After putting Shannon to bed that night and cleaning up the house to get ready for the week to come, my thoughts went back to my recently diagnosed friend. I hadn’t reached out to her yet. I hadn’t checked in. I thought about how I wanted to do that, to not push, try to remember what it was like 15 years before when I was going through what she was going through. I decided I would do a better job writing that email in the morning and went to hop in the shower.

When I finished my last annual follow-up after round 1, back in Rochester in 2001, I was told that I needed to routinely check my lymph node areas for lumps. Where are your lymph nodes? The ones that you can feel are in the neck, in your armpit, and in your groin. Thinking about my friend that evening had reminded me that it had been a while since I had done my own routine check. I have no idea how long it had been. So that night, taking my shower, I did my check.

Neck – no problem.
Armpits – no problem.
Groin – hmmm…. that doesn’t feel right.

Oh crap.

Sunday, March 13. 2011. One of THOSE Days.

By the end of that week, I had seen my primary care physician and THEN Michele got back from Siberia. Early the next week, there was the CT scan, then a meeting with a surgeon. By the end of March, biopsy. Confirmation of diagnosis in early April… then preparatory stuff and more tests and scans. Then chemo started…. it was like a snowball rolling down hill. One thing right after another. But it all started that day.

So what did I do today? Before going to work today, I hopped on my bike trainer for a half hour. Went to work, had a nice dinner with Michele and Shannon, and then I put Shannon to bed. And then I hopped back on my bike again for another 45 minutes. I haven’t done a double session on my trainer, ever. If you are reading this, you know why I am training in mid-March. Then, in a full sweat, pleased with my efforts, I jumped in the shower.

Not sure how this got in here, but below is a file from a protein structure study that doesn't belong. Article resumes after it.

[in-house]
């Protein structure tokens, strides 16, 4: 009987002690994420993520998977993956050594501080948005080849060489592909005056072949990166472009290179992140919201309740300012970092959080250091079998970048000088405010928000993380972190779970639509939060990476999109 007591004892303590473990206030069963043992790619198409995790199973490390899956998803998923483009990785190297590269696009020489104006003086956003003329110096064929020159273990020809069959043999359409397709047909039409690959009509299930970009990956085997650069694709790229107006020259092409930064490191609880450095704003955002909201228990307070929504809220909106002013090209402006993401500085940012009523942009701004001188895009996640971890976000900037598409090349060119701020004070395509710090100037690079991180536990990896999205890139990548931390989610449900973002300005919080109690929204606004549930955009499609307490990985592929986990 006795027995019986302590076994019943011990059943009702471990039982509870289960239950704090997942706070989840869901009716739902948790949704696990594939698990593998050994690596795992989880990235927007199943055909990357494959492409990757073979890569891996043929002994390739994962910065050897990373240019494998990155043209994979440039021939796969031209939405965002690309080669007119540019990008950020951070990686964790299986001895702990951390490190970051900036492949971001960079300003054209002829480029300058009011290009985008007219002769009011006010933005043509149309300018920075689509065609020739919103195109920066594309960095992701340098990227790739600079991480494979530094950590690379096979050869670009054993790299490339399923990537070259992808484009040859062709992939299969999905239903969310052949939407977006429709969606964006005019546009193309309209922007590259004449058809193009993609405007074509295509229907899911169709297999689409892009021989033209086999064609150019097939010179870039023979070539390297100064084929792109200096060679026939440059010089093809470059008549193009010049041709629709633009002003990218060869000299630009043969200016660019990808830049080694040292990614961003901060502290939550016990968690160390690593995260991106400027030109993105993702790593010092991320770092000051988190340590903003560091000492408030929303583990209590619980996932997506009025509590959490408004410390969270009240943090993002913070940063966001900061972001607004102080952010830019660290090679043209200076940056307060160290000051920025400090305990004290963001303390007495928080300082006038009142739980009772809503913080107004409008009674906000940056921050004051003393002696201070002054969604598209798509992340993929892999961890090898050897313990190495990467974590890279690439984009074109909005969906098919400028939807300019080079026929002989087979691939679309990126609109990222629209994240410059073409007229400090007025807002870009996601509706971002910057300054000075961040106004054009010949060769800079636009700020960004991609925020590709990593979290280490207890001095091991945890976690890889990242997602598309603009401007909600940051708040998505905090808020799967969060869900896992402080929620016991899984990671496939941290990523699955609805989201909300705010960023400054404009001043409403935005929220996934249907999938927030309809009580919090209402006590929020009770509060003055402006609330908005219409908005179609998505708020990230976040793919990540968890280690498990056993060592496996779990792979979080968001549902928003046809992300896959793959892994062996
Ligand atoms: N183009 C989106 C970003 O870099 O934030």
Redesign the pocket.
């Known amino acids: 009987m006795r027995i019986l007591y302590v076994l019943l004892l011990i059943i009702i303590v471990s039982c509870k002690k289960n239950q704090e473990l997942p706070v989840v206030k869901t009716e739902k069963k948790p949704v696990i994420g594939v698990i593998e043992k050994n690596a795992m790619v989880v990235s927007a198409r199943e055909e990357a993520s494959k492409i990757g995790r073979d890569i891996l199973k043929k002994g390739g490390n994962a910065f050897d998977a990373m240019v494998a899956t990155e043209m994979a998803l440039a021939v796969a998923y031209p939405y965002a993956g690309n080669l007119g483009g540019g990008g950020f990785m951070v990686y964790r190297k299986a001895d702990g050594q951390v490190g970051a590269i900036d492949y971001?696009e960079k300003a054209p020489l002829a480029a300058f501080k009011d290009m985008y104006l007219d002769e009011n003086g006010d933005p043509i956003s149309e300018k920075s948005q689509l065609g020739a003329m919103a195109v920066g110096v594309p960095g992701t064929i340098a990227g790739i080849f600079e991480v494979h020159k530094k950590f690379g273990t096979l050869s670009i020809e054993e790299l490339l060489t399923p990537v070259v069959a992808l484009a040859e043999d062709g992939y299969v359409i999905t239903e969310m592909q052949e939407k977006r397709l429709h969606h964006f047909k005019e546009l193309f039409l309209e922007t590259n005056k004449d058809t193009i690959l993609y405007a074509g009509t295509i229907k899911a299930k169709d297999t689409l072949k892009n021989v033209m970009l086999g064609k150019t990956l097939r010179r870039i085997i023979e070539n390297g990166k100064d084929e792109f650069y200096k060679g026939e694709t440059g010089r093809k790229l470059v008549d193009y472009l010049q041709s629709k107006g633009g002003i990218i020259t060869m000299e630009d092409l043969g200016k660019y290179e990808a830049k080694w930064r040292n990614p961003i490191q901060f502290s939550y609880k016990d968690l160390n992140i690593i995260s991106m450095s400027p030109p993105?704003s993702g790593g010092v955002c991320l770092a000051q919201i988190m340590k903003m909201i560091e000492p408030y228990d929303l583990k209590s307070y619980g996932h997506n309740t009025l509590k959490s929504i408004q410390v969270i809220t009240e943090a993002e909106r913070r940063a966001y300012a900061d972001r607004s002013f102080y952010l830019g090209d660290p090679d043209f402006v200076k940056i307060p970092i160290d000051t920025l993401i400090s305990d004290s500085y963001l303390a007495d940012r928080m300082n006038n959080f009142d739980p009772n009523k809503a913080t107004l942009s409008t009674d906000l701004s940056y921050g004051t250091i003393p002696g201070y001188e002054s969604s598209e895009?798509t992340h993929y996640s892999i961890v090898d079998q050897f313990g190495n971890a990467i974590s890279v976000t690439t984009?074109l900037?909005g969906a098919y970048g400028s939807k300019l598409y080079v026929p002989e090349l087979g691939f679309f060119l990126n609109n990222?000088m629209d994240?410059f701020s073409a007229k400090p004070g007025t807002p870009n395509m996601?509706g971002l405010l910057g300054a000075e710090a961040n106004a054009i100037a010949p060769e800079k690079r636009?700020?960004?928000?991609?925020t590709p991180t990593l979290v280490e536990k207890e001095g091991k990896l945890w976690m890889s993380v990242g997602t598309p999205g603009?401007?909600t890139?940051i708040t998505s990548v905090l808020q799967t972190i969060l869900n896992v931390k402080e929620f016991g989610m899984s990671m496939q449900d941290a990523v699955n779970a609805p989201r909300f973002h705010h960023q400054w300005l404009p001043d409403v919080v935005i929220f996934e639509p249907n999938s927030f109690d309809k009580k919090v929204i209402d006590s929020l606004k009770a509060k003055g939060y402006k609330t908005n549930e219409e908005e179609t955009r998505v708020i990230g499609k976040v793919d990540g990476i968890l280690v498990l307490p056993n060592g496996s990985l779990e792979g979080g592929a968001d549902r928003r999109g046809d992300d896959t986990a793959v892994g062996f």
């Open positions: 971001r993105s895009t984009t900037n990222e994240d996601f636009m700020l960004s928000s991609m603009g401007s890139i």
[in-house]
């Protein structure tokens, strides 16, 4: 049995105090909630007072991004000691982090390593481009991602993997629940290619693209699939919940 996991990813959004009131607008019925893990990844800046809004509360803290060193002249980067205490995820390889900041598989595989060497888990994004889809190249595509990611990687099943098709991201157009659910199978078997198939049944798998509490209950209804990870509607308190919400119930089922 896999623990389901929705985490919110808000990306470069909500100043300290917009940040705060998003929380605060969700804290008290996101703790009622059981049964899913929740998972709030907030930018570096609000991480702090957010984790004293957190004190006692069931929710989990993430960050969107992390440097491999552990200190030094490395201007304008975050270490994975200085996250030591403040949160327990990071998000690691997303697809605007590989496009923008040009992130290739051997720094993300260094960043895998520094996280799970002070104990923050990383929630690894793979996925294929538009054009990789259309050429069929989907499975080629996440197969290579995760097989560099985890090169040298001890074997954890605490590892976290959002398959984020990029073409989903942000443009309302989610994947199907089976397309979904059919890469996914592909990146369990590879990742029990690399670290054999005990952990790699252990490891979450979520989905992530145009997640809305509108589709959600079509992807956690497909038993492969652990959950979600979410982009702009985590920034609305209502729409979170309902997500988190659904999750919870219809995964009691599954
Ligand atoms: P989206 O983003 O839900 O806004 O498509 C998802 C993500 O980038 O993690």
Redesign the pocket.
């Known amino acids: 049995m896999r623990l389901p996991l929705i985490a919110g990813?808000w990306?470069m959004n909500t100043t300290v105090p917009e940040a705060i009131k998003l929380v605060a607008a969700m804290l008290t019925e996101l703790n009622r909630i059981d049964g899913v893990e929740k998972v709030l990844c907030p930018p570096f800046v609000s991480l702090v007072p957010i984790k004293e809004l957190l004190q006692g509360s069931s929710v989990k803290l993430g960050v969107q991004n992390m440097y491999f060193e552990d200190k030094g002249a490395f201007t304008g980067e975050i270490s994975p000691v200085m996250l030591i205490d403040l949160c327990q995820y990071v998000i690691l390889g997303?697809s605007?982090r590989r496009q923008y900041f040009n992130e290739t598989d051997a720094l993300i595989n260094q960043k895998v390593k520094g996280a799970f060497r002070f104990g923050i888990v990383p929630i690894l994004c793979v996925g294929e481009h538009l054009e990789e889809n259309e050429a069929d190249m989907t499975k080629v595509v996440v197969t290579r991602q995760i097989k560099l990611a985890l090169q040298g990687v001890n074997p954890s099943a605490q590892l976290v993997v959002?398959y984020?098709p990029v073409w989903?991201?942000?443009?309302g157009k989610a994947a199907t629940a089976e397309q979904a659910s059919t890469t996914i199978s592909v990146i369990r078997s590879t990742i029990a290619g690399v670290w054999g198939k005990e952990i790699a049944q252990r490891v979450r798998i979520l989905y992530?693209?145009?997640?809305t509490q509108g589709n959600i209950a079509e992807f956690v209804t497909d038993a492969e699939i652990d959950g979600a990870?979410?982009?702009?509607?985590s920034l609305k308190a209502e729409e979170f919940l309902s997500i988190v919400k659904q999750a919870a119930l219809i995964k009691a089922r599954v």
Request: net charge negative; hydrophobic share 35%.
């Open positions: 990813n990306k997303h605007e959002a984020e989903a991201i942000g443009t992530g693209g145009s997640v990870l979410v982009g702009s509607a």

Yup, the same shower that two years ago, I found out that something wasn’t right, and that it was probably cancer, that it was back after 15 years. But tonight, all I thought about was how to share this with all of you, to try to put some context around it. How do you explain ‘one of those days’? One that starts the snowball that quickly overwhelms your entire life and turns your entire existence upside down.

Some of you who are reading this, certainly, understand what I am talking about. For the rest of you, I hope you never have one of these days.

If you don’t have to get a bone marrow biopsy….

Just in case you were considering, for whatever reason, having a bone marrow biopsy done on you, here is my advice. DON’T DO IT!

My first of two days of tests and scans included the second bone marrow biopsy of my life. That is two too many. The third time will not be a charm. I wish I had never heard about the concept of removing bone marrow from your body in the first place.

Of course, I am obligated to add, that if you need to get a bone marrow biopsy, then it is a very important diagnostic tool. Take my advice – ask for sedation, I know I will if I have to do this ever again.

All in all, I am fine after today. Tomorrow’s tests are all easy and I am looking forward to a relaxing long weekend prior to my first chemo treatment on Tuesday.

Thanks to the many folks who sent emails, notes, texts, and comments today. I have read them all and appreciate them greatly. I will try, in due time, to get back to all of you. Until then, my and what is left of my bone marrow need to rest.

Andy